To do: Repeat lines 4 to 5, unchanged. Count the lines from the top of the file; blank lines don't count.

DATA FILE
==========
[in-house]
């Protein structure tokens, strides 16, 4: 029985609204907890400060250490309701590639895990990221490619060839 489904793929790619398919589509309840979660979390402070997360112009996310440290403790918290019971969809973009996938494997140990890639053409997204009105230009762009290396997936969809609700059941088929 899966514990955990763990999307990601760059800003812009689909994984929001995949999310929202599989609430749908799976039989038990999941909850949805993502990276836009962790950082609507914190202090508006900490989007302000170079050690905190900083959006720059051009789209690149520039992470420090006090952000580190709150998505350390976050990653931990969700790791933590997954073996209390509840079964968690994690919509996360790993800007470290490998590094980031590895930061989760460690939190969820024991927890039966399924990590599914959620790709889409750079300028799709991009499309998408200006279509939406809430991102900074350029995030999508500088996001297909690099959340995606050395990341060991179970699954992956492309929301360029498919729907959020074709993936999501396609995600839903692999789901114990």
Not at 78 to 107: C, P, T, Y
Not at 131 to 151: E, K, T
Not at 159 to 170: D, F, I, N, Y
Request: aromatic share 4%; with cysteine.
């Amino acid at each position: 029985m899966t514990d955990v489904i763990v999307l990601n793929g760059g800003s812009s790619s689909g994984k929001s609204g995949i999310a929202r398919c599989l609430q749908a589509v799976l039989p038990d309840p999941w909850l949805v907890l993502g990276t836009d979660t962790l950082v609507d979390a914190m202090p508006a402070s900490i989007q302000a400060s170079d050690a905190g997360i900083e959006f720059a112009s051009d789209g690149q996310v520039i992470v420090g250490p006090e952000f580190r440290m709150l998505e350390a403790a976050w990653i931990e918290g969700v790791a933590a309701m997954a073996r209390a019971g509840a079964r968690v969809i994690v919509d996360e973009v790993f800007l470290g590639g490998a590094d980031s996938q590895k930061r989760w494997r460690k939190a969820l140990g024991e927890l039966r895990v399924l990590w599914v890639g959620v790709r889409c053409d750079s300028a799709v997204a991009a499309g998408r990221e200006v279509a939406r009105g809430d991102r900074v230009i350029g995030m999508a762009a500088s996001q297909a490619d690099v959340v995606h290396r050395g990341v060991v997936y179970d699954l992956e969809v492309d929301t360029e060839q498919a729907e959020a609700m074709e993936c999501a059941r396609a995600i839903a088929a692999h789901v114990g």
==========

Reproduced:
Not at 131 to 151: E, K, T
Not at 159 to 170: D, F, I, N, Y